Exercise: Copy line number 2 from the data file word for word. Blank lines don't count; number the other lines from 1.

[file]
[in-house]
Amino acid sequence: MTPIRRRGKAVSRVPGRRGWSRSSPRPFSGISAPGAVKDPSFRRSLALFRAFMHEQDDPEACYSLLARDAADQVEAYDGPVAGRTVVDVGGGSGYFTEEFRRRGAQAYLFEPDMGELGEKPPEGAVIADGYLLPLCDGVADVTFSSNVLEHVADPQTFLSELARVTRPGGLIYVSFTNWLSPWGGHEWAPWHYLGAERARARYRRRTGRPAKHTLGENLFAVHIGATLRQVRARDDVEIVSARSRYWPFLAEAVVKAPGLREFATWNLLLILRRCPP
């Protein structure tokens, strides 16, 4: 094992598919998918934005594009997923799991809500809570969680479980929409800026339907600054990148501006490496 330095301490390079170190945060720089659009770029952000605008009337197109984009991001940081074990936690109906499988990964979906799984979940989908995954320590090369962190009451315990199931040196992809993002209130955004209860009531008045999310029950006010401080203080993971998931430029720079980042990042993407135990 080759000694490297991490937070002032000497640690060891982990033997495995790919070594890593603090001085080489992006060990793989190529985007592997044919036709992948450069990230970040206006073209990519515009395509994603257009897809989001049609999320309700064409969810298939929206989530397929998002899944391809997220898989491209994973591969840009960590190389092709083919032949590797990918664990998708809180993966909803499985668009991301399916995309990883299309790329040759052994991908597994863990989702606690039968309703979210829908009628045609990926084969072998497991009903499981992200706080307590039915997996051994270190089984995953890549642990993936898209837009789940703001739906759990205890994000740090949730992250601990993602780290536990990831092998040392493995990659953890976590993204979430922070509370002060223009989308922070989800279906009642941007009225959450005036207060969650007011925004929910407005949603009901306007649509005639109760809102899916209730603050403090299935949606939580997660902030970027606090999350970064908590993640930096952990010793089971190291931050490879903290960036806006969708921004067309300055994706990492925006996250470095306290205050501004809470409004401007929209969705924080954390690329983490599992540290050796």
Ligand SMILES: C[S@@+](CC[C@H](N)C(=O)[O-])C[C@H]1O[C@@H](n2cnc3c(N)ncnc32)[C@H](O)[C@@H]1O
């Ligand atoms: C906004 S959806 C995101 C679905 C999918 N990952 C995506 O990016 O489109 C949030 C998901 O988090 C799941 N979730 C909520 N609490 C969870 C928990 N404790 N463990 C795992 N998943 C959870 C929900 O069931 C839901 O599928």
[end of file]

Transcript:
Amino acid sequence: MTPIRRRGKAVSRVPGRRGWSRSSPRPFSGISAPGAVKDPSFRRSLALFRAFMHEQDDPEACYSLLARDAADQVEAYDGPVAGRTVVDVGGGSGYFTEEFRRRGAQAYLFEPDMGELGEKPPEGAVIADGYLLPLCDGVADVTFSSNVLEHVADPQTFLSELARVTRPGGLIYVSFTNWLSPWGGHEWAPWHYLGAERARARYRRRTGRPAKHTLGENLFAVHIGATLRQVRARDDVEIVSARSRYWPFLAEAVVKAPGLREFATWNLLLILRRCPP